If you don’t feel able to respond to the specific requests below, there are still ways that you as an engineering professional can help with the effort to address the coronavirus:
The Covid19Impact Survey.
Enfoques y aportaciones de la Ingeniería ante la COVID19. Una contribución al debate y al planteamiento de posibles soluciones
Enrique Castillo 1;2
1 Real Academia de Ingeniería
2 Real Academia de Ciencias Exactas, Físicas y Naturales
Resumen. Se describen, paso a paso, todas las etapas necesarias para construir el modelo, incluyendo selección de estados, transiciones entre estados, definición de tasas de paso entre estados, obtención de las ecuaciones diferenciales y funcionales, estimación de parámetros a partir de las observaciones y conversión del modelo en uno aleatori obayesiano. Se presenta un sencillo estudio de análisis de sensibilidad con respecto a las tasas, que permite analizar difeentes estrategias para controlar la pandemia. Para ello, se considera que todos los parámetros (tasas) son variables aleatorias. Finalmente se comentan las diferencias y ventajas de los modelos bayesianos.
Nuria Oliver: la inteligencia artificial ante el COVID-19
La pandemia de la COVID-19 ha planteado desafíos sin precedentes para las sociedades y los gobiernos de todo el mundo. Además de la actuación sanitaria para combatir el virus, las medidas no médicas han demostrado ser también críticas para para retrasar y contener la propagación del virus. En esta línea, la inteligencia de datos resulta fundamental para poder analizar la efectividad de las medidas que ya han sido acordadas, así como para anticipar las que puedan adoptarse en el futuro.
Un equipo multidisciplinar liderado por la académica de la RAI, Nuria Oliver, ingeniera de telecomunicación y doctora en Ciencias de la Computación por el MIT, cuyo objetivo es realizar un seguimiento de las actuaciones así como aconsejar, a partir del análisis de los datos, las actuaciones necesarias, sobre todo en el contexto de la propagación del coronavirus, elaboró una encuesta, COVID-19 IMPACT, que han contestado cerca de 150.000 personas en tan solo dos días, lo que destaca el alto grado de implicación de la ciudadanía.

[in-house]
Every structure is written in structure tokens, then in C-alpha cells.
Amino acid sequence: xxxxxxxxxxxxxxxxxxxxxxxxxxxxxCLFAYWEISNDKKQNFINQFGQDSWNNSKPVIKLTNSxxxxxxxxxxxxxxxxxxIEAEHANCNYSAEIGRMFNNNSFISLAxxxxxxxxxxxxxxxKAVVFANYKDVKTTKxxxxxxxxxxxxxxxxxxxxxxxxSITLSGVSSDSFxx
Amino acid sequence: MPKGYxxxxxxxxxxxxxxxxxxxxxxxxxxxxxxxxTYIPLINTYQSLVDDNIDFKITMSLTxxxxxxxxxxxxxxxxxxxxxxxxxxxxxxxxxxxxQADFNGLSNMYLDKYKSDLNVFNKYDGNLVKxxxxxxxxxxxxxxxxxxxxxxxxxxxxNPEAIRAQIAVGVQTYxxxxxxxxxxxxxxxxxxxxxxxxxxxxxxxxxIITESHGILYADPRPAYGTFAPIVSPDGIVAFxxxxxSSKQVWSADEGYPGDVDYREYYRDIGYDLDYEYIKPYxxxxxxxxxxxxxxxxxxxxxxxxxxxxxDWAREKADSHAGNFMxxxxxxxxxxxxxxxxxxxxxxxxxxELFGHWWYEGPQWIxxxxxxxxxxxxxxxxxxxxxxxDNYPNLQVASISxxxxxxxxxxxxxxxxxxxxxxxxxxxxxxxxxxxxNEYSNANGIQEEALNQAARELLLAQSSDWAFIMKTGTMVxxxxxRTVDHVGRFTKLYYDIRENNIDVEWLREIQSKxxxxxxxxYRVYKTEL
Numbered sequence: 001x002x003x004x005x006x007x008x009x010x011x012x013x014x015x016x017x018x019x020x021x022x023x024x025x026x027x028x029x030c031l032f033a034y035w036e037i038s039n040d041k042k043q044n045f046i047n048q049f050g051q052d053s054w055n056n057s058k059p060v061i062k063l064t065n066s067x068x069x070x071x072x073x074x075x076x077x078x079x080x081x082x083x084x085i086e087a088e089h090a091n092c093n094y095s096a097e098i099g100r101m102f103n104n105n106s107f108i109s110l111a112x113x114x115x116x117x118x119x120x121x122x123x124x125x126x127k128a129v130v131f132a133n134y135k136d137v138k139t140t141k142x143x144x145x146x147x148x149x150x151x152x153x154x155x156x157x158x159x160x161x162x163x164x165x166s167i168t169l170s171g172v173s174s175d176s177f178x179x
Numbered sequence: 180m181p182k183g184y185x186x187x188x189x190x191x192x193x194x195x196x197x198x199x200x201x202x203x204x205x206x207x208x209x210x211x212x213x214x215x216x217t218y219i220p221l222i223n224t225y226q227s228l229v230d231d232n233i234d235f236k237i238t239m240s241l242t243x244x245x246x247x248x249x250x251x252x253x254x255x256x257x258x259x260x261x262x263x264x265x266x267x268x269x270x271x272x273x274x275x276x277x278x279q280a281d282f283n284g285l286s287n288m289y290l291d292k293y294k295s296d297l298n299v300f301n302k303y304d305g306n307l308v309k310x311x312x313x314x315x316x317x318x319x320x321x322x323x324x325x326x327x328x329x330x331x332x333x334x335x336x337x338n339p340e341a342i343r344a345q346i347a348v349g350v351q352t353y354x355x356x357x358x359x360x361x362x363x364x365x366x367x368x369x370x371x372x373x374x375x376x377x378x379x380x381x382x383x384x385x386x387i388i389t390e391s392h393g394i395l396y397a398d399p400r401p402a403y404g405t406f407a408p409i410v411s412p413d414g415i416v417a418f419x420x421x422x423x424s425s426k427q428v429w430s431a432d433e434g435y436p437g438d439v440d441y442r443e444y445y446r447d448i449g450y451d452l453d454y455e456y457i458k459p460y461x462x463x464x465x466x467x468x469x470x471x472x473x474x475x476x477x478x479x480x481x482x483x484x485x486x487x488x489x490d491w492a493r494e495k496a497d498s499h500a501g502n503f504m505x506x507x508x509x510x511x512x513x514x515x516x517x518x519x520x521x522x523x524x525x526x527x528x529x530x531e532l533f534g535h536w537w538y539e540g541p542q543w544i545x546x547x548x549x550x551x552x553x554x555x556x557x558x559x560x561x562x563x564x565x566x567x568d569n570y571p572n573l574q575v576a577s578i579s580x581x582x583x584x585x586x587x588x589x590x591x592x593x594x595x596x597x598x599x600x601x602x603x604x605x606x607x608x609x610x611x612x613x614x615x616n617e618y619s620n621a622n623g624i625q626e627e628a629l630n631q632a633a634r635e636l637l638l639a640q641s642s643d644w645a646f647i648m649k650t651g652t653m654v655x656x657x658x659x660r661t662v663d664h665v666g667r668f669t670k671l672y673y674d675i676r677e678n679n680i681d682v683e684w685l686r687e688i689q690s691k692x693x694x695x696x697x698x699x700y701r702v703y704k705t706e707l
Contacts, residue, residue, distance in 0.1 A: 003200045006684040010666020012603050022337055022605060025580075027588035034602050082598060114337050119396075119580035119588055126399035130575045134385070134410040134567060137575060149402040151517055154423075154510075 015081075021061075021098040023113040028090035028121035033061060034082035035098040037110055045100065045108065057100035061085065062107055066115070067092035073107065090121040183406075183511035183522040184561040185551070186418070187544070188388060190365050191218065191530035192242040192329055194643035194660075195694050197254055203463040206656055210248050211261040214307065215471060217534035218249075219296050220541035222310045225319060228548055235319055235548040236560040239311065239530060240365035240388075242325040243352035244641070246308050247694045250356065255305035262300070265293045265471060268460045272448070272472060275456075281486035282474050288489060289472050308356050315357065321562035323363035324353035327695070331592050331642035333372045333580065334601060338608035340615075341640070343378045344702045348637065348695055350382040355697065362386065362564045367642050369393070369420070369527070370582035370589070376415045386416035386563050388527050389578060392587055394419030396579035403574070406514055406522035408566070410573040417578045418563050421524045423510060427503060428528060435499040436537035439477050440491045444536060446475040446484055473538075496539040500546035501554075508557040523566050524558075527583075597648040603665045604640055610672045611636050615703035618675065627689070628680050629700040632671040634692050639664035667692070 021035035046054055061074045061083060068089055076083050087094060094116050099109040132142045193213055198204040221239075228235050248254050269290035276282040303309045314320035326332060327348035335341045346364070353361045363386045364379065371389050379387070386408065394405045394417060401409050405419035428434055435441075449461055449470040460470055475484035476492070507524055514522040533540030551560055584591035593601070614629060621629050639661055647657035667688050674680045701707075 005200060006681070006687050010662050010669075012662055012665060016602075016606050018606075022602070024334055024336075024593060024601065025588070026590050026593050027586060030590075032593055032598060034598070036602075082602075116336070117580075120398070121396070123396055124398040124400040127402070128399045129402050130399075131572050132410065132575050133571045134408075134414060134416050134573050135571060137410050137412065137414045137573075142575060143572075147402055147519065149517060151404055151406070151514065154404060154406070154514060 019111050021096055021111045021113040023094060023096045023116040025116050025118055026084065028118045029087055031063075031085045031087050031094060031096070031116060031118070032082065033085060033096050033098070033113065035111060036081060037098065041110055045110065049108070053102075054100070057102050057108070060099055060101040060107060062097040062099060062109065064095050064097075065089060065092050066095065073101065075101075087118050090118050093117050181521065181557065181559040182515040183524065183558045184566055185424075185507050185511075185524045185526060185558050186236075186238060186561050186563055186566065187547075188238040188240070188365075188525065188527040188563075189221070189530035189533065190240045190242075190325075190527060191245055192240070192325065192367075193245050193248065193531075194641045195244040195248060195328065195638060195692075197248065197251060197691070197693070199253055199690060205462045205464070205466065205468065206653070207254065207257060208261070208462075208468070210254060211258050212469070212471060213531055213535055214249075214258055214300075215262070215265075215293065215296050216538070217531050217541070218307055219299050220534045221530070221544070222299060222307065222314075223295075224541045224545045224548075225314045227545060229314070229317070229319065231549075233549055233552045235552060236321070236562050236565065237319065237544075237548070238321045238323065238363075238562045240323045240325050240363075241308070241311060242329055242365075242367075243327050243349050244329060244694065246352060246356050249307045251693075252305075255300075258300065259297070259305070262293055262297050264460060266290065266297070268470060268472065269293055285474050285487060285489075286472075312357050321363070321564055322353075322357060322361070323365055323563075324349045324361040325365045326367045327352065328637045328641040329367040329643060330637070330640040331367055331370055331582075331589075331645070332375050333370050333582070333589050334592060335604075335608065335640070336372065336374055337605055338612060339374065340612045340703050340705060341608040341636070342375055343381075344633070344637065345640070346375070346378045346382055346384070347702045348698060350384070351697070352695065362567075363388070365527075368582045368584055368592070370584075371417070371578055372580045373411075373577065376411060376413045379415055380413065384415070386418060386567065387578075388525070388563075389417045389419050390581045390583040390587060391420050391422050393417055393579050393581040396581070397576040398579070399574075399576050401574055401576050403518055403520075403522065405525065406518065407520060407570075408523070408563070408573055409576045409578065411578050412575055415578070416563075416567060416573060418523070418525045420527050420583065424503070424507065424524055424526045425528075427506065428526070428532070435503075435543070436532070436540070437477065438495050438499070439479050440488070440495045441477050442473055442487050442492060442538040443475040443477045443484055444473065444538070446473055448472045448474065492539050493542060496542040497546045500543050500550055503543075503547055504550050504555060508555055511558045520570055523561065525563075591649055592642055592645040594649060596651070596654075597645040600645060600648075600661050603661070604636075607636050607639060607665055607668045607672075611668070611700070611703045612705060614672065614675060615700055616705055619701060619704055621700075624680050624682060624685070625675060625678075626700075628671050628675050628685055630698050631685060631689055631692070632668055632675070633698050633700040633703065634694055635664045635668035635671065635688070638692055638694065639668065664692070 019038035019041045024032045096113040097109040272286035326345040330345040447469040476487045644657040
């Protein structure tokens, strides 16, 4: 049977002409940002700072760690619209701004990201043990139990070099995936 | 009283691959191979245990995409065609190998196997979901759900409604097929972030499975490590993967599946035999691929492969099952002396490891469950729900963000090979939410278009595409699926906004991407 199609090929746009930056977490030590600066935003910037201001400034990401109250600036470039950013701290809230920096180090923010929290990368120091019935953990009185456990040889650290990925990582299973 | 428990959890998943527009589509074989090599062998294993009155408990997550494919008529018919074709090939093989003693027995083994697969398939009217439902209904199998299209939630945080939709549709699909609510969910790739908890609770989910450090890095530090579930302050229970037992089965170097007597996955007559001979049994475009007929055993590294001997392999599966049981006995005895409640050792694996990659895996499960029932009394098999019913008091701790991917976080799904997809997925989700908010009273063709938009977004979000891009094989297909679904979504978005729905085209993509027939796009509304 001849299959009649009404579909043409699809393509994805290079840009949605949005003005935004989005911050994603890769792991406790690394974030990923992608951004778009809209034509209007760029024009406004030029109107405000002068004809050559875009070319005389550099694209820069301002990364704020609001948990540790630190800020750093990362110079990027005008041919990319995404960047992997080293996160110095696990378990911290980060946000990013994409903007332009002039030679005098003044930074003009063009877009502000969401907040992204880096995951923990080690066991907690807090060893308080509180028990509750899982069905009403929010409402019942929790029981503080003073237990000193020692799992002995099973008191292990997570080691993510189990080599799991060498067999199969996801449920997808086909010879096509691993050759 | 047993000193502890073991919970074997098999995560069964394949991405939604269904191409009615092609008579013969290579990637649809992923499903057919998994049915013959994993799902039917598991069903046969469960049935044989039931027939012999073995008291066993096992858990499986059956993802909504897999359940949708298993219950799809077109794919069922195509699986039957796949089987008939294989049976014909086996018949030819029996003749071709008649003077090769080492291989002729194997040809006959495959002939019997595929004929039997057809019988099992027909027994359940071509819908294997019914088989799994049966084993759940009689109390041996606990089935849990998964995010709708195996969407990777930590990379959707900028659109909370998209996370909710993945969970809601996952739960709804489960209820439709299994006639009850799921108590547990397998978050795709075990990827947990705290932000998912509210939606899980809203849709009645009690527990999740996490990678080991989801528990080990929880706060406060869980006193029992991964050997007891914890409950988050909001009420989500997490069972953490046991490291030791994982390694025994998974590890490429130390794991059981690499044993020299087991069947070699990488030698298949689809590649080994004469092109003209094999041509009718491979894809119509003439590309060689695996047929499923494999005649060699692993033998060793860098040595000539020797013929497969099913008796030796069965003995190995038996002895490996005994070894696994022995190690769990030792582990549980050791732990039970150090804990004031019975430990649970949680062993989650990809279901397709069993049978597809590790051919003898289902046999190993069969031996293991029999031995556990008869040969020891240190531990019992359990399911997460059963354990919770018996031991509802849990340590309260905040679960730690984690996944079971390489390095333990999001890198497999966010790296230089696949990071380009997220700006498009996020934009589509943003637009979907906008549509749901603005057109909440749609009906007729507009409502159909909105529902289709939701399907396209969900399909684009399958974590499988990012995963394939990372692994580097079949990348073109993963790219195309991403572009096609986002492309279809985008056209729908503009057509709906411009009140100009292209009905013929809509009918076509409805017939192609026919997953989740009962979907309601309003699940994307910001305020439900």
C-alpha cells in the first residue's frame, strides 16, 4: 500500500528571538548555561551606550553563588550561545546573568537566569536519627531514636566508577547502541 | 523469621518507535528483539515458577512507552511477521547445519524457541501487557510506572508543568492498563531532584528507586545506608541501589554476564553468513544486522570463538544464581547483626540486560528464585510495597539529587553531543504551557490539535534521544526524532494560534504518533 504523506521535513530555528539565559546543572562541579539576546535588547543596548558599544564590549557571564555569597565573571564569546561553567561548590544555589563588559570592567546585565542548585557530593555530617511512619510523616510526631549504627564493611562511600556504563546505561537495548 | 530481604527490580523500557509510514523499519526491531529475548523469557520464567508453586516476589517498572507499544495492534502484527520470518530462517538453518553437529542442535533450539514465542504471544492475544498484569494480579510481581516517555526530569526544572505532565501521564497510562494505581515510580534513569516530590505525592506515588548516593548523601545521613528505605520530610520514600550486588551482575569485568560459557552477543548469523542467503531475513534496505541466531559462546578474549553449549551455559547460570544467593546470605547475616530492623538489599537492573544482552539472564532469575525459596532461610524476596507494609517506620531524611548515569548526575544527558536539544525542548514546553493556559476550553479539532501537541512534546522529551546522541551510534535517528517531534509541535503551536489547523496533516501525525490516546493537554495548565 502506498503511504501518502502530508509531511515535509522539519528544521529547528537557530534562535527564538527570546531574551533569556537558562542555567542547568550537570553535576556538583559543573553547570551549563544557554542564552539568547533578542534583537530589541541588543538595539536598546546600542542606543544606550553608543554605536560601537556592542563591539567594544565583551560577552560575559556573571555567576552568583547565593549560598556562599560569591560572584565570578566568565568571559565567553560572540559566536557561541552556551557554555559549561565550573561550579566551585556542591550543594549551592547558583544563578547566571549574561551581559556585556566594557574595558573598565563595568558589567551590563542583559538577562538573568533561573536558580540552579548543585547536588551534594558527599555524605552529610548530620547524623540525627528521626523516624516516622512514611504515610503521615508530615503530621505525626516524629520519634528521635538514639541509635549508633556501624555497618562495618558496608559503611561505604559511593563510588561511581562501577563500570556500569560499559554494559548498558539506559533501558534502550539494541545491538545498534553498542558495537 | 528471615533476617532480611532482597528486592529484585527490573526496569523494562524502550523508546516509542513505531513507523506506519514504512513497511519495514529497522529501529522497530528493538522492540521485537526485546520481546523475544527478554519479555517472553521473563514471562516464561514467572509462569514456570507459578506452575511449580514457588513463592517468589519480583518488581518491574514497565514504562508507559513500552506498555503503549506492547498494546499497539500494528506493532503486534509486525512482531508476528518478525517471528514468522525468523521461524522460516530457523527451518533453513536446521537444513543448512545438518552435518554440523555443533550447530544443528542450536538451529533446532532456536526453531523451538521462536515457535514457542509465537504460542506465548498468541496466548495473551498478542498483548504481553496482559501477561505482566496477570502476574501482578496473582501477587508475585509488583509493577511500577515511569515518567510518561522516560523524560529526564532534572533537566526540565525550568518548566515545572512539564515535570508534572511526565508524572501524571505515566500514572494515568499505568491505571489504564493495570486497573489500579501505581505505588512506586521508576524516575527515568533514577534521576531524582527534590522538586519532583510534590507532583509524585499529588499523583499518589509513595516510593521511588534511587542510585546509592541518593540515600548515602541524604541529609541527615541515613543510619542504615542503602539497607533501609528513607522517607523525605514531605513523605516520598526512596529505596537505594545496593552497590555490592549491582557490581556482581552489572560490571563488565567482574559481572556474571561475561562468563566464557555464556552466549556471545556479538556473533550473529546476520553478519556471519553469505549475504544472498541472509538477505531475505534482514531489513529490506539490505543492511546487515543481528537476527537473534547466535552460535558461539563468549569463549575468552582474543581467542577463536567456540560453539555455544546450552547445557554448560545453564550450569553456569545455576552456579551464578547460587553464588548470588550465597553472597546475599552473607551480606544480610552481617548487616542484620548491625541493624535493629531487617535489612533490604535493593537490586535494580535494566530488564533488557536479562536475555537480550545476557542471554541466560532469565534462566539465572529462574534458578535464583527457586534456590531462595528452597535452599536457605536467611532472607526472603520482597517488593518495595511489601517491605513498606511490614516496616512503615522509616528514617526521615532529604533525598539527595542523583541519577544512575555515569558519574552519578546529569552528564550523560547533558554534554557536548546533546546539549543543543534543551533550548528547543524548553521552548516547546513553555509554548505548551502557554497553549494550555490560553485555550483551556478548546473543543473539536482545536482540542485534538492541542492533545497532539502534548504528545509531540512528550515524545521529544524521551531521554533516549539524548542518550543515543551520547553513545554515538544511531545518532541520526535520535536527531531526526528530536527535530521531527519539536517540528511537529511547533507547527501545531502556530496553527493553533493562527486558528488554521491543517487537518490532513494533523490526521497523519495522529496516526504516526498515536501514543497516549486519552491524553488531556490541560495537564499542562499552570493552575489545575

Le monde entier affronte la pandémie de COVID-19. Dans cette crise, les technologies jouent un rôle déterminant pour faire face aux conséquences du virus, en Suisse comme à l’étranger. Le télétravail et le commerce en ligne explosent, accélérant la digitalisation de nombreux secteurs. Les écoles expérimentent à large échelle l’enseignement à distance. La recherche recourt au big data et à l’intelligence artificielle dans la course aux traitements et le rythme des publications s’accélère. Du sommet de l’Etat jusqu’aux citoyens, tout le monde se mobilise et les initiatives se multiplient. La SATW s’implique directement et plusieurs de ses membres sont au coeur de la lutte contre le virus.
48 hours. You and potentially 8 million others. The Covid-19 crisis in Switzerland. In Europe. Worldwide. We stick together. We find solutions!
Join us with your skills to take on the challenge now – no matter what your background is. Together we are strong!
Diagnostik vor Ort gegen die Pandemie
Die so genannte Point-of-care-Diagnostik (POC-Diagnostik) will die Diagnostik näher an den Ort bringen, wo sie gefragt ist. Die Ausführenden sind die Patientinnen und Patienten selbst oder eine Fachperson in einer Hausarztpraxis, der Spitex oder in der Apotheke. Zudem können POC-Tests in digitale Plattformen, also mHealth-Plattformen, integriert werden. Covid-19 zeigt, wie sinnvoll dies ist.
How you can help science fight coronavirus
Europe’s academies are playing a vital role in global efforts to understand and tackle the challenge posed by the COVID-19 outbreak. Academies are home to world-leading expertise on infectious diseases — including not only the medical and epidemiological facts, but also on social and economic effects, and how people and populations respond.
Our partners and colleagues are seeking help from researchers and members of the public:
Statement by the Board of FEAM: Protecting medical personnel from COVID-19
In a statement published today, the Board of the Federation of European Academies of Medicine (FEAM) joins its voice to call for the protection of the physical and mental health of medical workers in the frontline.